On Monday, CBRL Group
The company recommended "caution in considering its current trends" relative to earnings guidance. The gist of it was that CBRL was guiding analysts toward the low end of previously announced EPS guidance of $0.73 to $0.76 for the fourth quarter. Not that it expects to miss the range, but that it will come in toward the low end of the range.
May I say I consider this type of guidance-tweaking to be an unhealthy trend in financial markets? OK, I applaud management for being forthright and keeping investors fully informed. And analysts and market reporters feed on this type of info, more data for the daily grist mill of financial news. The press release spawned no fewer than eight articles mentioning CBRL's announcement, including a "sell" recommendation on Jim Cramer's "lightning round." (No aspersions cast on Mr. Cramer; I find his show hugely entertaining.)
But do investors really need this type of guidance? I guess anyone buying and selling stocks based on short-term market sentiment welcomes frequent updates. But I contrast that with Berkshire Hathaway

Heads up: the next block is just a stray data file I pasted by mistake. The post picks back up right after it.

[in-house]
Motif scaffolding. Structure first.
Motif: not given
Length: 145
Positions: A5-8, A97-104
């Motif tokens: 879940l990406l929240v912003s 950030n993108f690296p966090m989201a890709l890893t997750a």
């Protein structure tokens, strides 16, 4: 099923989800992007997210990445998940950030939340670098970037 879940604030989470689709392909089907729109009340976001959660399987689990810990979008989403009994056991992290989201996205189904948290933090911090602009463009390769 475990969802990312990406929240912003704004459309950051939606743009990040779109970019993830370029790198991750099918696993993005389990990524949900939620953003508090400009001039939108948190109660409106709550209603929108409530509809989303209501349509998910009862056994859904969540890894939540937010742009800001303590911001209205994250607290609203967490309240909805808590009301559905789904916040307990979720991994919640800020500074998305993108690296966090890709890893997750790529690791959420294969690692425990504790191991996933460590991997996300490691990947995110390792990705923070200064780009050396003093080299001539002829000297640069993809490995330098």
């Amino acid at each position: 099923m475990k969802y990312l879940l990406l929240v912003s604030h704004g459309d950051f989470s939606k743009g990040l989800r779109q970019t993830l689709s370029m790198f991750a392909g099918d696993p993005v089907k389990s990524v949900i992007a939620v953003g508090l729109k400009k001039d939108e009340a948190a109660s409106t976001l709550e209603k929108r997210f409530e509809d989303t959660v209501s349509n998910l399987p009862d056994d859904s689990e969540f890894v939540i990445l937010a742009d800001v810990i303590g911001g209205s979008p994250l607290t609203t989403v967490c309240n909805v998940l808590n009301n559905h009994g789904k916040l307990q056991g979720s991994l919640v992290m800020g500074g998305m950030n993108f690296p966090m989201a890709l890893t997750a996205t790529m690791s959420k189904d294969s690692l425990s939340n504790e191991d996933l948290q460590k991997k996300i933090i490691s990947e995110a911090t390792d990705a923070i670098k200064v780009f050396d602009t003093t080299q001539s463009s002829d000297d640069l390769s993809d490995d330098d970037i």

Now I think we all understand the reason for CBRL's comments. The company updated third-quarter guidance in March, only to miss by $0.02 when actual results were posted in May. Might it be working to move the analyst estimate down a few cents so it can "hit the number?" Bet on it. While that's understandable given that it missed last quarter, it's also a sad commentary on the importance the financial community puts on meeting or exceeding analyst estimates. Are the analysts really that important? Could we live without their consensus estimates? I could.
Frankly, I'm getting a little fed up with all this maneuvering. No wonder companies like Motley Fool Inside Value pick Coca-Cola
OK, perhaps that's enough of the Don Quixote act. Windmills are what they are, and brandishing a lance usually doesn't have a big effect. But at least we can take advantage of everyone else's fixation on short-term results. Pick a select group of companies you really admire. Make it a short list: The Motley Fool's Rule Breakers or Inside Value picks are a great place to start. Do your own valuation; figure out what you think the stock is worth. Wait for some negative sentiment to knock the stock below your target buy level, and then make your move. Oh, and one final piece of advice ... once you do buy, ignore the stocks for a while. You may be surprised what research and patience can deliver over the long run.
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